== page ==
The partial nudity. Dressing rooms in gown stores are HUGE. Plenty of room for your mom, your sister, your friend, your attendant and her assistant. Pretty much the whole store could fit in there, and they sometimes do. But is there another, smaller room for you to get down to your skivvies? Nope. You've got to dress and undress, dress and undress, in front of all those people.
Fortunately for me, I've had a smaller entourage (sometimes even going alone) and been blessed with only one or two employees in my room at a time. But still. If I'd known about all this standing around in a corset and undies, I might have shaved my legs.
The lack of browsing. Wedding stores tout their personal service like they invented it. What this means is that when you arrive, you describe your taste, then THEY choose the dresses you see. It's rare to find a big, open store with racks for browsing. Rather, a woman rushes back and forth from your room to "the back," pulling only dresses that she thinks you will like.
This process may work well in theory (she makes real-time adjustments to her selections based on your reaction to each dress) and has grounding in operations (if customers handled all the dresses, they would get dirty faster) but it still feels really opaque to me. Like I am some rich idiot to be catered to, rather than a consumer with any control over what I see. I often leave thinking, "Man, I only tried 9 dresses and I know she has hundreds back there." How is hiding the product a good way to sell it?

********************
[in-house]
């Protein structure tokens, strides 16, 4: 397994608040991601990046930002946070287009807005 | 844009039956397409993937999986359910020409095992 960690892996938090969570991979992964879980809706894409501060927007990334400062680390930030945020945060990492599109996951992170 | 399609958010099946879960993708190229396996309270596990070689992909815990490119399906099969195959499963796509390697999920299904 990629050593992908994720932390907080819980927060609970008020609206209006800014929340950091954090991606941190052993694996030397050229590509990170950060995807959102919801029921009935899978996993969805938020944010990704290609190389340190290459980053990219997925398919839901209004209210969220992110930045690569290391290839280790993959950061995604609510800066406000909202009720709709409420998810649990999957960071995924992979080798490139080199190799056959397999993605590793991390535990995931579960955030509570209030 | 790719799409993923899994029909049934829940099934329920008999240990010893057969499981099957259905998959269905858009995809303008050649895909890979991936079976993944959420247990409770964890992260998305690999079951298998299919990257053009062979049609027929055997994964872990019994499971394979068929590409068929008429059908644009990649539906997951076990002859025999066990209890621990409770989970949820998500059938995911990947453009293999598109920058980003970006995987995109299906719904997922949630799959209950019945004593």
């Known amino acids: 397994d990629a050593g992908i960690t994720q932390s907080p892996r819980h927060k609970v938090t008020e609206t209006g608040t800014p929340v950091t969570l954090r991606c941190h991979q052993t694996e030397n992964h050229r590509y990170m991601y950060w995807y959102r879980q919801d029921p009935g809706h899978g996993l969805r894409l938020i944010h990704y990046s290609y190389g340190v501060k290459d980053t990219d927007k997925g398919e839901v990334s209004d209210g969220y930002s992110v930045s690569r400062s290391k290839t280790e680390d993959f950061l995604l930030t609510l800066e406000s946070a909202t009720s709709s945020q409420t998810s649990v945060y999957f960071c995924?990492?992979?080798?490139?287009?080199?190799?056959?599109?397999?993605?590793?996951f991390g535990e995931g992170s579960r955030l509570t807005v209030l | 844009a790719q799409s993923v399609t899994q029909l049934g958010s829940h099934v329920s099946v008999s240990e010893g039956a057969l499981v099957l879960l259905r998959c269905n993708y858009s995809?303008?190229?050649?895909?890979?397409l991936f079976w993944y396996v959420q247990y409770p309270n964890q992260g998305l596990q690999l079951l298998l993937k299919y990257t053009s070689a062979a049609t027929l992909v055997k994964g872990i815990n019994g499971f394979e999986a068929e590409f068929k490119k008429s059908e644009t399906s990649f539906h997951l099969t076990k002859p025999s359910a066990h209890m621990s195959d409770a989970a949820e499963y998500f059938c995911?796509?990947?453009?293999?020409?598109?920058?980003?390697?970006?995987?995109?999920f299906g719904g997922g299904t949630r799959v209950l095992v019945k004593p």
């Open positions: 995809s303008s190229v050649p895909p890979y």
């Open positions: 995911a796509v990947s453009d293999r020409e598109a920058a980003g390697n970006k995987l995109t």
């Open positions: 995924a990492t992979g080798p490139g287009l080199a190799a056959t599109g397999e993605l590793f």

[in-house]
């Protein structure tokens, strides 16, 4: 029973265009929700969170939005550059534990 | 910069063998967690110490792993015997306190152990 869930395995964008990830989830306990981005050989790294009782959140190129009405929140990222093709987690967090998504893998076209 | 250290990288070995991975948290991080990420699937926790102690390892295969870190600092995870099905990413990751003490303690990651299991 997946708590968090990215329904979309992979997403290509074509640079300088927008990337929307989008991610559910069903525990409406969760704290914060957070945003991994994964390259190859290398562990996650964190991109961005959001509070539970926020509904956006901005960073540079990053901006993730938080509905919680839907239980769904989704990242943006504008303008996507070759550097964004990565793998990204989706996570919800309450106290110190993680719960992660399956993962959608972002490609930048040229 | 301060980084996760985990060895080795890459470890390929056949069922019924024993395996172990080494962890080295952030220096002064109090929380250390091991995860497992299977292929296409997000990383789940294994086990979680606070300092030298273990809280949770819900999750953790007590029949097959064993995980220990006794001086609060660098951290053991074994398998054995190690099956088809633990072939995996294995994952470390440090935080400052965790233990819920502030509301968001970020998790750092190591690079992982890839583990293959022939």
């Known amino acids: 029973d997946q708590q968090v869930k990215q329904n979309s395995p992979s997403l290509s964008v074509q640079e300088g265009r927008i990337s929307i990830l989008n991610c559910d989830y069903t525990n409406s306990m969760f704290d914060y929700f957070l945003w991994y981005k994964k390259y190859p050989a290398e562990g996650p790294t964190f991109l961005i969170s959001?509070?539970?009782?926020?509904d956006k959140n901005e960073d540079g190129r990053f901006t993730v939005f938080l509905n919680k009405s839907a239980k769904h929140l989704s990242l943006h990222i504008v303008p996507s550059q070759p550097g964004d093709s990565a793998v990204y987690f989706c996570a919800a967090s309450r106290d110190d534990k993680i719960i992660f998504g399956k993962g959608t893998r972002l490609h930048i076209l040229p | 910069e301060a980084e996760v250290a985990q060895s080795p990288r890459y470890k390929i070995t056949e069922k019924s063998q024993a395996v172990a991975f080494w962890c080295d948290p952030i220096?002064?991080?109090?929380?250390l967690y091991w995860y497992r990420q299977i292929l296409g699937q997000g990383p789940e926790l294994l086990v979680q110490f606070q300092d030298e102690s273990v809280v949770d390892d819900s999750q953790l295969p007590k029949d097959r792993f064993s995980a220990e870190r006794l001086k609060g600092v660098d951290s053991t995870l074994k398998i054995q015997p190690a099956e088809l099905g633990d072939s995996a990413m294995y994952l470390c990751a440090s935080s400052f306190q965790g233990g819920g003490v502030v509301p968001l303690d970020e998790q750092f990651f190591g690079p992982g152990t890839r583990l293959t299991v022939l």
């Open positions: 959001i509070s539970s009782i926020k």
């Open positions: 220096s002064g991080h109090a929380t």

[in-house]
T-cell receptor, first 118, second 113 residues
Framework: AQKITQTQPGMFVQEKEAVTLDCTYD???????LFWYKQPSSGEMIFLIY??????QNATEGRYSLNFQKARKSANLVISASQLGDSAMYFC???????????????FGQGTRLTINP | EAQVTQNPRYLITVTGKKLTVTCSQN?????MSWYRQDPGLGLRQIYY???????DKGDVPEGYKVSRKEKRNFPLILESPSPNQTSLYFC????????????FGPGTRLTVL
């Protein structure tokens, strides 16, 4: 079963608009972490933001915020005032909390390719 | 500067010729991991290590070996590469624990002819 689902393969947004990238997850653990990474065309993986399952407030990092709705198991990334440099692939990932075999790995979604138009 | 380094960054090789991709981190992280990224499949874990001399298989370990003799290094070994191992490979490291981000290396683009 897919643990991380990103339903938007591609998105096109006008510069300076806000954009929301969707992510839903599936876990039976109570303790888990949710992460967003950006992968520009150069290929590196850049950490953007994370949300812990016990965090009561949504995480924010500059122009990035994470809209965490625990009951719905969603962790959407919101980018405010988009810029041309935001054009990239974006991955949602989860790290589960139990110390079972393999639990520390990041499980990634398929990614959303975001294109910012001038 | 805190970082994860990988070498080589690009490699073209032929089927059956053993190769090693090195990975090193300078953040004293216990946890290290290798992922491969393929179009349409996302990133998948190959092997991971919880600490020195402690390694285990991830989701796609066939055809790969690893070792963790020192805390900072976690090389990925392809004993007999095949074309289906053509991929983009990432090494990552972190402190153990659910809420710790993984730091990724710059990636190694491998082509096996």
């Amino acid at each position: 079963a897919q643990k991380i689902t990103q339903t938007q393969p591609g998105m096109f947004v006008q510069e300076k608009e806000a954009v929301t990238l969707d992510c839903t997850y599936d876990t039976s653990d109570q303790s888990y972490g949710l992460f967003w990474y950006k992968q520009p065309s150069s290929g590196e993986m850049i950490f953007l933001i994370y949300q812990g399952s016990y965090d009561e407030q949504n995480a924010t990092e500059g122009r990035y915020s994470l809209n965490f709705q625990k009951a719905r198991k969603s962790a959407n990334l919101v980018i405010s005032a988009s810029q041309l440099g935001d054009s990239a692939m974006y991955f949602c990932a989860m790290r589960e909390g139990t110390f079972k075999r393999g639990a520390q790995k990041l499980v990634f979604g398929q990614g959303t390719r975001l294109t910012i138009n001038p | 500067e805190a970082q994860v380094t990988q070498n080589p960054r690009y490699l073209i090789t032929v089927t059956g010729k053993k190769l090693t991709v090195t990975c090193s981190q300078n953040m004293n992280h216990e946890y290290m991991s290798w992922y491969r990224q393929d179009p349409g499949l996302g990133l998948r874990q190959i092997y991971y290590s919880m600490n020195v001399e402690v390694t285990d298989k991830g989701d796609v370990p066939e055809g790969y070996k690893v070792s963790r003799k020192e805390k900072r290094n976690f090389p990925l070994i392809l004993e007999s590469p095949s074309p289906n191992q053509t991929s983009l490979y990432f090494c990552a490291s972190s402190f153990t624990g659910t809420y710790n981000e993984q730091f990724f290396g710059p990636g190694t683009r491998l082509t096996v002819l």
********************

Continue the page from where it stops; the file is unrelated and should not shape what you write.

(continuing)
The veil. Right at the end, when you've found a dress that just might be The One, the attendant says, "Oh sweetie, that looks fabulous! Here, let me get you a veil." She slides the comb into your hair, and suddenly your whole head is framed in a halo of white lace.
I must admit, this works a little too well. Even on me, the most skeptical shopper, the most hyper-aware of this type of trickery. Veils are probably Sales Tool Numero Uno at bridal shops, because with a veil on your head, it's no longer dress-up. It's the real deal. It's like HOLY CRAP I AM TOTALLY GETTING MARRIED. It's thrilling and scary and magical. And you know what happens - I just integrate the dress I'm wearing right into that vision. Of course later, when I'm stewing over my options, it's hard to mentally separate the two. So reader, beware the veil and its powers of influence. Keep your focus on the dress.
The lack of information. This is the weirdest of them all. Let's say you've found a dress you like. It fits your style, flatters your figure, makes you feel like a real bride. But let's say your mom isn't there. What might you want to do next? Perhaps get her opinion? How about taking a picture? Many stores say no.
And the reason for it is even weirder. Historically, bridal shops have always had exclusivity agreements with designers. So a particular brand might only be found at one store in all of Illinois. This creates the impression that you can only buy this dress in this store. And stores have ridden the exclusivity wave for years, because a bride in Chicago could only really buy gowns in Chicago.